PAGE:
New England Pie pumpkin is a relatively small pumpkin with dry, stingless flesh. It is not quite as delicious as Baby Pam, but it has a better texture. They are easy to handle and grow because they are small. It’s interesting that the New England Pie pumpkin is a direct decedent of squash that was once eaten green. Compared to their winter counterparts, these pumpkins are a bit watery.
Cushaw Green and Gold pumpkins come in different colors, although usually cream with gold or green stripes. The best thing about these varieties is their light golden flesh that has a mildly sweet taste but rich in vitamin C.
Yes, I know I was to write a detailed guide about pumpkin varieties and their health benefits. However, pumpkins and squashes are from the same family and have mostly the same health benefits, though certain fruits differ in taste. Some even use the word pumpkin when they talk about squashes.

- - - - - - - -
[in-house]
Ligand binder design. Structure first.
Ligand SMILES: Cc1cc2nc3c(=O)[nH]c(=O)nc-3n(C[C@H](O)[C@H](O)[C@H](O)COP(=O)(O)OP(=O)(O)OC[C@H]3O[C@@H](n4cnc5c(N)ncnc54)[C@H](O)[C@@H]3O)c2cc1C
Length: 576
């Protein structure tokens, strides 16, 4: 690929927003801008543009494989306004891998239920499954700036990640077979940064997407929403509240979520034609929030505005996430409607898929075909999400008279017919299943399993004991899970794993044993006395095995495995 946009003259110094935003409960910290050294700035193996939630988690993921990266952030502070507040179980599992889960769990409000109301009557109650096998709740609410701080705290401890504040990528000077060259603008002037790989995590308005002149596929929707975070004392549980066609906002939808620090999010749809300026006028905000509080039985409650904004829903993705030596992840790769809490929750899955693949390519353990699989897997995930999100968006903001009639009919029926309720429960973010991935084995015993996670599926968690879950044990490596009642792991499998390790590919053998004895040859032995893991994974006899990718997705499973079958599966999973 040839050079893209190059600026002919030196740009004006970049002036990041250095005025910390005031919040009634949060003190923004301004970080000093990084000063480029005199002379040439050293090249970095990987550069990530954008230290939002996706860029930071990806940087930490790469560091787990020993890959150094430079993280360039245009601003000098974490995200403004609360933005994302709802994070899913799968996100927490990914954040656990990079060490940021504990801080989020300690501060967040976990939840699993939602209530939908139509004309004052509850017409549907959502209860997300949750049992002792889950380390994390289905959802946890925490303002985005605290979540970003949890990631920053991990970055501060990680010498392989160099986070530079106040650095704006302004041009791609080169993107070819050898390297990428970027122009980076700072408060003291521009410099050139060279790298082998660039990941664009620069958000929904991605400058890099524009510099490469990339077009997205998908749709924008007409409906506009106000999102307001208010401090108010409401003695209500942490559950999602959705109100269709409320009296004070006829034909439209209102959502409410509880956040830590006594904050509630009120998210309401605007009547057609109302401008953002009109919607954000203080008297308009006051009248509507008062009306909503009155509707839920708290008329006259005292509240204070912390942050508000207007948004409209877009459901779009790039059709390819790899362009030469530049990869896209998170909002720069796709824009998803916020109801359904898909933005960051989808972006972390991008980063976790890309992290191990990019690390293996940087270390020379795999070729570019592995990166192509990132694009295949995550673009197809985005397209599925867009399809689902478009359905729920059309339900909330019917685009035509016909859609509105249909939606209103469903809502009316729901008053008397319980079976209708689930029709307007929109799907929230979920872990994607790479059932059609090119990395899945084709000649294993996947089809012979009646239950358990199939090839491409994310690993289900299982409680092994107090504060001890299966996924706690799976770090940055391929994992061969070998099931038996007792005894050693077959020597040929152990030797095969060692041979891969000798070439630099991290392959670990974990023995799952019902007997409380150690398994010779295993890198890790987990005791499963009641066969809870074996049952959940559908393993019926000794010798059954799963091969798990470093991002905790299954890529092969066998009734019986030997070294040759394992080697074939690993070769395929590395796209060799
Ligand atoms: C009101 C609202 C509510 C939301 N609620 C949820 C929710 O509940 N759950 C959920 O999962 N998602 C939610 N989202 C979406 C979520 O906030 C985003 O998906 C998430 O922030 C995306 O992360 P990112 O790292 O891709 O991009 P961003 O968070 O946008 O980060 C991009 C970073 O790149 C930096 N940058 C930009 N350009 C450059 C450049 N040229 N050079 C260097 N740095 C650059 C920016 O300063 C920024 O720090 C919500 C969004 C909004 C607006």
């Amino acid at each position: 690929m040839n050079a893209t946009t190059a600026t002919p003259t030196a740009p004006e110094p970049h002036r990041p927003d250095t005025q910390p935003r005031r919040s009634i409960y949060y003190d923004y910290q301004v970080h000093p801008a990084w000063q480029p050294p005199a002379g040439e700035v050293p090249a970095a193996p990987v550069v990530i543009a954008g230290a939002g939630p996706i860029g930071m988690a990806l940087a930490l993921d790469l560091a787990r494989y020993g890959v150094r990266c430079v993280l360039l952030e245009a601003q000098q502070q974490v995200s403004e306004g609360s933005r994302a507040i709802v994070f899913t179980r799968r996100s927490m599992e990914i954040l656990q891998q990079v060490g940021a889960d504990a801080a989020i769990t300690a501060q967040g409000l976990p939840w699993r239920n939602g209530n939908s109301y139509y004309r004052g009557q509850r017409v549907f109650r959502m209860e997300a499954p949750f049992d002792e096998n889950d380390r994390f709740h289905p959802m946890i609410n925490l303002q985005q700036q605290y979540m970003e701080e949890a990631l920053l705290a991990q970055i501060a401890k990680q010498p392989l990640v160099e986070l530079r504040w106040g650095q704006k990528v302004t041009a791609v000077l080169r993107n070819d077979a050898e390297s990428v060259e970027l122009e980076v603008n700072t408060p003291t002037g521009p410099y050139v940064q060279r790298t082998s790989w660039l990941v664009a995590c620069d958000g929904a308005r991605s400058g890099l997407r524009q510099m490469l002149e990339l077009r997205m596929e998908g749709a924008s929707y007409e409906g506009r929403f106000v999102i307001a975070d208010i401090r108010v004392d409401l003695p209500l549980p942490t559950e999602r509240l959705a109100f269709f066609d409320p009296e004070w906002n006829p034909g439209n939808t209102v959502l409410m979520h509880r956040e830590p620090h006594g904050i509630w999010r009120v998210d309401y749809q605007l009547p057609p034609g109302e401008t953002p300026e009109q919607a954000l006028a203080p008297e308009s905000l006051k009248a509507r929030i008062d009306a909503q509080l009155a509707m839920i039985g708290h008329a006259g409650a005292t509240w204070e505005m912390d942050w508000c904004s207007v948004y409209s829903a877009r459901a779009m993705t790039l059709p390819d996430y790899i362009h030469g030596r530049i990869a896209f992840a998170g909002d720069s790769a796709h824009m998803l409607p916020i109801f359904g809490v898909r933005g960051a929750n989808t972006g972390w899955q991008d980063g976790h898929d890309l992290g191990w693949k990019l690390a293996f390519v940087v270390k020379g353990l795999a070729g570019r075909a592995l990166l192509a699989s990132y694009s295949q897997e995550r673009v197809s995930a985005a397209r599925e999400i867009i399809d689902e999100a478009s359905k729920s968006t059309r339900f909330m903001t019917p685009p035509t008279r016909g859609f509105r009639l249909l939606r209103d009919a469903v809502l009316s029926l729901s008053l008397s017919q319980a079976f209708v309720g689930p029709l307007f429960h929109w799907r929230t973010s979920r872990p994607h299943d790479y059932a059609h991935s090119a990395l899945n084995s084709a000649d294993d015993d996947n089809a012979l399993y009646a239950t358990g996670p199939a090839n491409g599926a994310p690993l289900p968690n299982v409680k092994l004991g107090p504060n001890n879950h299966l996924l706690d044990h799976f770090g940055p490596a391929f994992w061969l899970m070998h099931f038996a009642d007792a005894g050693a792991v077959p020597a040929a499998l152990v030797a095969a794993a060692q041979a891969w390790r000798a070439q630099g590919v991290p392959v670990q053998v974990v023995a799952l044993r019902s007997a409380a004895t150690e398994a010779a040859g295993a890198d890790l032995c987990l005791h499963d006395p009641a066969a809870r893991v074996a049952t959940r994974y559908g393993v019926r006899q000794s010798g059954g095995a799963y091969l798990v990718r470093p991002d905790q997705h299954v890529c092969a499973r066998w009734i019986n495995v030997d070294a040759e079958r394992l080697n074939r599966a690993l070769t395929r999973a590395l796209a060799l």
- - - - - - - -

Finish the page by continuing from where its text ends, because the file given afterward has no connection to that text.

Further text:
Nevertheless, I suggest you try these squashes as they have excellent taste and various benefits.
Spaghetti Squash known as vegetable spaghetti is a group of Cucurbita pepo subspecies that are exceptionally high in beta carotene content. Their flesh is bright yellow or orange with many large seeds in the center. These subspecies are an excellent substitute for pasta; you can serve them with sauce if you like. The most delicious variety is Small Wonder Spaghetti with a bit darker flesh and a mild buttery taste, but high in vitamin A. These are perfect for a family meal and perfect for storage.
Lemon (cucumber) squash is an ancient heirloom that looks like a lemon with prickles. They are mild and sweet. The larger they are, the sweeter their flesh is. You can eat them like apples, snack as a dessert.